You will soon see who was right all along,

Your Professor. 

They finished reading, and Emilia kept staring, reading one more time. Then, a beeping noise issued like a warning from Emilia’s phone. She pulled it in front of her in a rapid motion, and then ran into the other room coming back swiftly with her clunky laptop. 

“There’s been another event.”


“Alright—Carmine,” Orion called to one of the officers standing out front of Emilia’s building. “Take this”—he held out the envelope and letter that was now sealed in an evidence bag—“back to the precinct and forensics. Make sure they put a rush on it—I’ll be calling ahead too.”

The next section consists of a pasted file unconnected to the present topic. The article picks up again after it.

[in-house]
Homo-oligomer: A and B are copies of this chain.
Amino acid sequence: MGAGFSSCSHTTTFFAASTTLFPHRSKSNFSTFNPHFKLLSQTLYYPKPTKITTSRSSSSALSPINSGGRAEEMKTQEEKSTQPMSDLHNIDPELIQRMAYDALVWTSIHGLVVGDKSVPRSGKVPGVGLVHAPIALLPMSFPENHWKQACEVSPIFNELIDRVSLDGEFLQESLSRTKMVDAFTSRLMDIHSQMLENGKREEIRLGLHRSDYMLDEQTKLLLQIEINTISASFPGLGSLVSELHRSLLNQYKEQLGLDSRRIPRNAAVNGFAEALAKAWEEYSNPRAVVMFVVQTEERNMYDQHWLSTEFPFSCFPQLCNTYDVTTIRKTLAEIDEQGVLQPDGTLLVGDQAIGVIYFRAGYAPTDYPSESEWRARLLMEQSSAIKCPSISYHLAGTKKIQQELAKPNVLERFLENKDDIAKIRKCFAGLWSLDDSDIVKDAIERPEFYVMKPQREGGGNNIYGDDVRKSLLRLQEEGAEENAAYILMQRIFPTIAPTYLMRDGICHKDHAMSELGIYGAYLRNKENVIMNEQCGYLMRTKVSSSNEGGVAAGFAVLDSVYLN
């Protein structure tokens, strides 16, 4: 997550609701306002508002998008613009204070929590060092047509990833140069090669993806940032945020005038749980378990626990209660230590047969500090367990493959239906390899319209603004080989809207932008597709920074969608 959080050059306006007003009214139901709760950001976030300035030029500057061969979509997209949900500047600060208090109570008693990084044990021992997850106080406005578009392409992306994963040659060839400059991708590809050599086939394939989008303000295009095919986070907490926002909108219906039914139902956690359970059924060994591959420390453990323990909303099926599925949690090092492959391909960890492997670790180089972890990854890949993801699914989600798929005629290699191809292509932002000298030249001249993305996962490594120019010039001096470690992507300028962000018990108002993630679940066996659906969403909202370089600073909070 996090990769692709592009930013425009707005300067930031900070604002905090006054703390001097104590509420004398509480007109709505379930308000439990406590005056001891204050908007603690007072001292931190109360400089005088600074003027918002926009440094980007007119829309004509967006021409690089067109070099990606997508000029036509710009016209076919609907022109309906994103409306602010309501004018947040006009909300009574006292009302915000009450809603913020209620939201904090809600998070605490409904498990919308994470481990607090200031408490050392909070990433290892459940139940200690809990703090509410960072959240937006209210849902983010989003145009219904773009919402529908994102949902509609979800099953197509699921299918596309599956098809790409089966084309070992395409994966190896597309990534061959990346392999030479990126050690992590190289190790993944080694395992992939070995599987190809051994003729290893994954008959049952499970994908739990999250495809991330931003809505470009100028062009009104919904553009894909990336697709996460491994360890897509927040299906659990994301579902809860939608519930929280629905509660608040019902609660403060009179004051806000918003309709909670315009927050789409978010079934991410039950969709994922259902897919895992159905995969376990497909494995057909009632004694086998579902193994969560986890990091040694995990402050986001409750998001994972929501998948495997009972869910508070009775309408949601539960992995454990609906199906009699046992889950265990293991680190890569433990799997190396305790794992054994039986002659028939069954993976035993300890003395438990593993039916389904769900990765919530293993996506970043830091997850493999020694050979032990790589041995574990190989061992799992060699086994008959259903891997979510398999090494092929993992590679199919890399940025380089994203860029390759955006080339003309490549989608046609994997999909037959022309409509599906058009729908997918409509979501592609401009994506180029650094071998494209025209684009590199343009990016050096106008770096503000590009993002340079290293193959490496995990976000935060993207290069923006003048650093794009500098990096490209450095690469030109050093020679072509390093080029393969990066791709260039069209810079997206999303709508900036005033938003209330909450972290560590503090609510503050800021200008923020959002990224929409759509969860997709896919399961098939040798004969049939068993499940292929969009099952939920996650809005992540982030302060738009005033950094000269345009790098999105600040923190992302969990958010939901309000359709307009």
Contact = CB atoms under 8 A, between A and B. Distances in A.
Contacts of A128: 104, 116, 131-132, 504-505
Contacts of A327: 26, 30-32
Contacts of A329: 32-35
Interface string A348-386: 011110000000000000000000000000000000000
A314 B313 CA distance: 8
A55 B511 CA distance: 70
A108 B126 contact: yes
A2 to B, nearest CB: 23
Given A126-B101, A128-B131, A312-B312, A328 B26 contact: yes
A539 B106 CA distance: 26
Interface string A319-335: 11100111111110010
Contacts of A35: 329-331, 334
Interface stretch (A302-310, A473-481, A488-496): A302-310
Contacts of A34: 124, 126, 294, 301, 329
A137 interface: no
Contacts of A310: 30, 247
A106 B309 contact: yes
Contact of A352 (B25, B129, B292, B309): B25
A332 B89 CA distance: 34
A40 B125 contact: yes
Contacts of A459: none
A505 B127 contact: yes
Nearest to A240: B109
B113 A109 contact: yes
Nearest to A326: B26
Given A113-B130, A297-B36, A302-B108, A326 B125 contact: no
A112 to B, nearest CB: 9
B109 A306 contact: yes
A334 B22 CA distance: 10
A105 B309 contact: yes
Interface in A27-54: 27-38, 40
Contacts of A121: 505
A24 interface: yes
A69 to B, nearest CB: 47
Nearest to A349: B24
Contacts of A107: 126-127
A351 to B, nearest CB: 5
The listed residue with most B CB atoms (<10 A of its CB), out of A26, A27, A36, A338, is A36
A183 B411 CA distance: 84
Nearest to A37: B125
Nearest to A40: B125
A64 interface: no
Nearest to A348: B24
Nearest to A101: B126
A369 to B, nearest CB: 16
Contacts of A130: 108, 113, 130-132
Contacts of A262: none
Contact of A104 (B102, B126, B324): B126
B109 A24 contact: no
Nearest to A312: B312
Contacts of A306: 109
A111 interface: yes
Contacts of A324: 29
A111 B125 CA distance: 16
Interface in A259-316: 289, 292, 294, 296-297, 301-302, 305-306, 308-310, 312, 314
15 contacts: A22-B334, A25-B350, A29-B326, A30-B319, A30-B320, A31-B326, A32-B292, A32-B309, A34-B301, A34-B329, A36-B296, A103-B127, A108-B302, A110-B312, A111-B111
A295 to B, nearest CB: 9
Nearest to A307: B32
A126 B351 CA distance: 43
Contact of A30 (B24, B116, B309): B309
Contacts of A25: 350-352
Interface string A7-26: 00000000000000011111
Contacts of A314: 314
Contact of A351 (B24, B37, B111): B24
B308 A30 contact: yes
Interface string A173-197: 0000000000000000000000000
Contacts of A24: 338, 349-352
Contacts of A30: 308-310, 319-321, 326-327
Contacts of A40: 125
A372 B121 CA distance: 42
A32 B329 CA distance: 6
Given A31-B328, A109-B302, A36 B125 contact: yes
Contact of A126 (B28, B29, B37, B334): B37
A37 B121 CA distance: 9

“Got it,” Carmine said, and he took off. 

“Todd,” Orion said to the other officer. “Stay here and keep your station until someone comes to relieve you.” 

“Emilia,” Orion turned back to her. “Let’s go.”

In the car, Emilia had her laptop open, looking at the data, while Orion made the call to forensics, and then to his Captain at the precinct. 

“This is spiraling,” Orion said to his Captain. “We need to call in the FBI or whoever else if there’s any chance they can help… right… yea, we’re lo0king for another event either in…” Orion turned towards Emilia.

“Either upper Harlem, or lower manhattan,” she said, sounding apologetic, and Orion translated to the Captain. There was a long pause.

“Got it,” Orion finished and hung up. “Dispatch has a call in that sounds like what we’re after. The address is in Harlem.” 

“So, the other spot is where Müller must be,” she said. 

“I thought you said you could narrow this down?” Orion said, a tinge of anger in his voice.